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Andrew Parkin
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I'm suprised noone's mentioned the much used quote on this by Carl von Clauswitz (author of "On War" and the most famous military theorist.)

he said

"War is the province of chance"

 
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Michael Von Ahnen
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There is luck and then there is luck.

In the traditional hex and counter wargames with CRT's, the luck is what you make it. In most cases, if you have odds from 1:2 to 2:1, the result is all up to the luck of the die. Below that, the attacker will loose, above that the attack will win. So luck goes with the player that plans the best, the way it should be. There are tons of complaints about factor counting of these games, but again, the advantage goes to the player who plans ahead, has backup plans, etc. Low odds attacks are taken only in desperate situations, when there is no other option.

Mentioned above is the example of the attack on Tobruck in Afrika Korps. But was not the Afrika Korps in a desperate situation, in which Rommel in essence had to "roll the die". His personal leadership made the difference, but what if he had been killed in battle? What would have been the fate of the Afrika Korps and the war in the desert then.

I have played two wargames that had zero luck. Diplomacy and Kreigspeil. Diplomacy is great game, but frankly military strategy plays only a small part. Diplomatic strategy is the key to the game, which is beyond the dice or control of the players. Kreigspeil is a traditional hex and counter game in which the attacker and defenders select option cards. The combination of these cards determine the result of the combat. The mechanics, however, were coarse and not very smooth, having an all or nothing feel.

I have also played "bucket of dice" games, including games like Axis and Allies, Fortress America, Risk, Victory in the Pacific, and War at Sea. What I have seen is that eventually you will run into a combat in which the averages get all messed up and what would be impossible in real life. The games are easier to play, because most of the battles come down to a colision of forces that wear themselves down and hundreds of die rolls. Not much maneuvering, because they are usually area movement, with much less resolution. Victory in the Pacific has the advantage of a few more areas, less concentration of forces, and unit density which makes it a bit more playable. But the variability is still there.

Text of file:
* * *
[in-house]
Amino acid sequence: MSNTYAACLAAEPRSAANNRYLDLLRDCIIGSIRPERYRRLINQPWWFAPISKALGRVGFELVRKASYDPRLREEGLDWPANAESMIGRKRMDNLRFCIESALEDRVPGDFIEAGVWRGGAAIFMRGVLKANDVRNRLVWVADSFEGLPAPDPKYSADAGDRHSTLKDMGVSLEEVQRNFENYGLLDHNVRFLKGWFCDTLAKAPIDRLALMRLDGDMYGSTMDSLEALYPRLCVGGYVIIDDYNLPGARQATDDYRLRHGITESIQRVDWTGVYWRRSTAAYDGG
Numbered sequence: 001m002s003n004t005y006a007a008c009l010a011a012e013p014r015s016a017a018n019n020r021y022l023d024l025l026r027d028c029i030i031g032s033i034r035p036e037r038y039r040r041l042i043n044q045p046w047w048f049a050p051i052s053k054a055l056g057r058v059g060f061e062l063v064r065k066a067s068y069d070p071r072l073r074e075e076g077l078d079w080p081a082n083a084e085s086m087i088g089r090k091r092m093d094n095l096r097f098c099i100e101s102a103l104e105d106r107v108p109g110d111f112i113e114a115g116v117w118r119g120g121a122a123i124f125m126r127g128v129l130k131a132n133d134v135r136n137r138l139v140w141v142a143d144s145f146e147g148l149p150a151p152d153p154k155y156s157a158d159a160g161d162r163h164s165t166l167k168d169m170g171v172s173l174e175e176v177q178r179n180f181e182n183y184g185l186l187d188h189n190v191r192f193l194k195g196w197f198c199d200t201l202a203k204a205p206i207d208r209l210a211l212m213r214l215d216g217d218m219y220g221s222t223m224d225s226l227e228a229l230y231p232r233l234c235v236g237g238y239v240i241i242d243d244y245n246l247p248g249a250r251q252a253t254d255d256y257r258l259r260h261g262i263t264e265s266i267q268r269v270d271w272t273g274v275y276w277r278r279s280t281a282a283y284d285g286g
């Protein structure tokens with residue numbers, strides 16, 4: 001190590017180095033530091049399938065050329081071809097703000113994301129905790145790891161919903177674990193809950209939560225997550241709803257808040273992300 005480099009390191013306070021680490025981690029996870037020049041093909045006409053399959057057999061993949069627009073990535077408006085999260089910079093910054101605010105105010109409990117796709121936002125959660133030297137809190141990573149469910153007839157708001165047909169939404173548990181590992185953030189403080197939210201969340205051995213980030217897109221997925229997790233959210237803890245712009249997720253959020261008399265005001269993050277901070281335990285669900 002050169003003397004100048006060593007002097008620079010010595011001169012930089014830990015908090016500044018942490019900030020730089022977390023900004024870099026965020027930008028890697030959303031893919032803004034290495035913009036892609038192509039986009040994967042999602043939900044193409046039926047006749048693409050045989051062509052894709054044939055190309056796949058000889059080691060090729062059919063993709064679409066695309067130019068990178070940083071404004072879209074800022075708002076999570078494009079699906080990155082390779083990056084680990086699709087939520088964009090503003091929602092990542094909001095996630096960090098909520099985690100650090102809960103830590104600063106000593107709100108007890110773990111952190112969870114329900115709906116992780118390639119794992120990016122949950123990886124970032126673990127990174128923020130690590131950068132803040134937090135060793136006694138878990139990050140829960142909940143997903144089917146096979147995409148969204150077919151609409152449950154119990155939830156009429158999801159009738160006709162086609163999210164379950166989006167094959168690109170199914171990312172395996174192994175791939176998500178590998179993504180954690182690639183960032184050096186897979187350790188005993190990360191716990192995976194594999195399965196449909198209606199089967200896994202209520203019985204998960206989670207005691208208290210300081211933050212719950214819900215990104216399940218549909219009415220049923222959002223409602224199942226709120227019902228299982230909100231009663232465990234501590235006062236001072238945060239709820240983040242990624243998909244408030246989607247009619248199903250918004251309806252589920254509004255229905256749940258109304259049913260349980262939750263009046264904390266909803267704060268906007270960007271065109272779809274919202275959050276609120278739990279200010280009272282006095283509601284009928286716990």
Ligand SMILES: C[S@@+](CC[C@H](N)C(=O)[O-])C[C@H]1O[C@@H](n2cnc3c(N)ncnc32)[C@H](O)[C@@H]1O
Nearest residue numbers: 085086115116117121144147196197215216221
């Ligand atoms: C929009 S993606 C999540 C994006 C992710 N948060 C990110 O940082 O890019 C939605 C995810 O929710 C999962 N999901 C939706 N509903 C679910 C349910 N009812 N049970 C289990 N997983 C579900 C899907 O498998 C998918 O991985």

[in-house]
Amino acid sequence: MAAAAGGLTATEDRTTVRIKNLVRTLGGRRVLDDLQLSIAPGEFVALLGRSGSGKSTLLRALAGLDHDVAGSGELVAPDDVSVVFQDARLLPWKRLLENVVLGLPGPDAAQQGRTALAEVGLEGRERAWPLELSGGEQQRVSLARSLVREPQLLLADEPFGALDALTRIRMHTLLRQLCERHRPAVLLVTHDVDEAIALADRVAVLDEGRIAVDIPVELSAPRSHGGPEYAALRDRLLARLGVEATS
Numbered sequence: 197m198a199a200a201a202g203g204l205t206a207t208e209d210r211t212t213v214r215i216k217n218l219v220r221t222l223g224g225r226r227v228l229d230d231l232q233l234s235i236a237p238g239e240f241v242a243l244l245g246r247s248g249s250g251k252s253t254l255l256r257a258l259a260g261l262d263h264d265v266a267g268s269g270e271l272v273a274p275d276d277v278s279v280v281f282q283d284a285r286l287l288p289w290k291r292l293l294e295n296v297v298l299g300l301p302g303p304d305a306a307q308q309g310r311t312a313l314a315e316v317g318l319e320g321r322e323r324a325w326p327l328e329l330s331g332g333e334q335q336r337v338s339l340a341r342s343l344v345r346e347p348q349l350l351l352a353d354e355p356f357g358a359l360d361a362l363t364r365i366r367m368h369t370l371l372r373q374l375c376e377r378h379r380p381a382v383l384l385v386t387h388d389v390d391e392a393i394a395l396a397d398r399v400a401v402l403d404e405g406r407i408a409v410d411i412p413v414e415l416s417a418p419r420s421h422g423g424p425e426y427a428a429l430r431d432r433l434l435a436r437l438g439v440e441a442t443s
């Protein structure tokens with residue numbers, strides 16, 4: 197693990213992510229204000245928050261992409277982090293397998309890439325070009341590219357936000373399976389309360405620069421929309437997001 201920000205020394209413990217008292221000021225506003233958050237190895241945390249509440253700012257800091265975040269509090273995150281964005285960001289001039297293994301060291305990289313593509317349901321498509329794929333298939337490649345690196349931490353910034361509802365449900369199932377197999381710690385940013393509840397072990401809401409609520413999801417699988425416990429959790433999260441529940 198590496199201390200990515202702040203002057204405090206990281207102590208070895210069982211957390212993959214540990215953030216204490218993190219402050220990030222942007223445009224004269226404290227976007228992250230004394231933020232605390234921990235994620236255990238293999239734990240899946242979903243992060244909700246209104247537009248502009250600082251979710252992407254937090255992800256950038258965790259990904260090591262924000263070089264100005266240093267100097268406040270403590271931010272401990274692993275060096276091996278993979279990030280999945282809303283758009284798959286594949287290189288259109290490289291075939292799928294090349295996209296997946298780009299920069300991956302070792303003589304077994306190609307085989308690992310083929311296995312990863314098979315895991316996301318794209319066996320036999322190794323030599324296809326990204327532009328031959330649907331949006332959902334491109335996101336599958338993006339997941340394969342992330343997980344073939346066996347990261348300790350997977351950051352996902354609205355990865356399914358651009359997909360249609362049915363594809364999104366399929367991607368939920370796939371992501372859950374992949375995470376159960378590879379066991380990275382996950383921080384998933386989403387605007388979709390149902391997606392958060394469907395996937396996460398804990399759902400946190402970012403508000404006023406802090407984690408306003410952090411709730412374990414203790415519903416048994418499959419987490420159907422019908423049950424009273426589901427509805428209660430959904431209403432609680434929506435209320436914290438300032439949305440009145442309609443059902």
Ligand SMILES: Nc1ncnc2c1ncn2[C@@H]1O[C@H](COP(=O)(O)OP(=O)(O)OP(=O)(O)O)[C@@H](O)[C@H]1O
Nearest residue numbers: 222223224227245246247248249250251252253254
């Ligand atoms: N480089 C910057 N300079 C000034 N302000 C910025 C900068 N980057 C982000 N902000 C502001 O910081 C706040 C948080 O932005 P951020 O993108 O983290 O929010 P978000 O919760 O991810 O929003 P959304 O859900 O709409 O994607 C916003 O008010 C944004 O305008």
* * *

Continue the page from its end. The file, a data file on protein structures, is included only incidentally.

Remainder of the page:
I personally like the CRT concept, because the battle of evenly matched forces is much different from those with significant differences. If you want better luck, get better odds. Montgomery was very sucessful using this tactic.
 
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Michael pretty much sums it up here:

Quote:
If you want better luck, get better odds. Montgomery was very sucessful using this tactic.


Adapt your strategy to the system in use and as you learn the game this will become the measure by which you judge your skill at it.

Even so, there will be those moments where everything you can do has been done and an unfortunate twist of fate shatters your strategy. I think that mimicks real life.
 
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Quote:
Adapt your strategy to the system in use and as you learn the game this will become the measure by which you judge your skill at it.

Well said.
 
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Jeff K
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There were a few statements here I would certainly agree with. The more dice you roll, the more things tend to average out. Hence luck plays a smaller factor (outside of possibly that one "crucial" roll). Wargames are simulations, therefore die-rolling serves an important purpose because "The best laid plans...", etc etc. You can't control fate in real life or the battlefield.

OTOH, if luck were such a huge factor, you would expect a rank novice to have some sort of chance to beat even a wily veteran. Have you ever seen this happen? Fat chance (pun intended). Skill, not luck determines the winner of most wargames, like most any other good game.

As for the poster about BaM: you are mistaken. BaM is an excellent simulation. Abstract games often do not have a luck element (or much of one). That makes them no less valid simulations. Perhaps in the day of linear warfare it was true to a greater extent than in later eras: the skill of the field commander determined who carries the day. The emphasis in BaM is on manuever, which was the major determinant in this type of warfare. Manuever does not succumb to luck.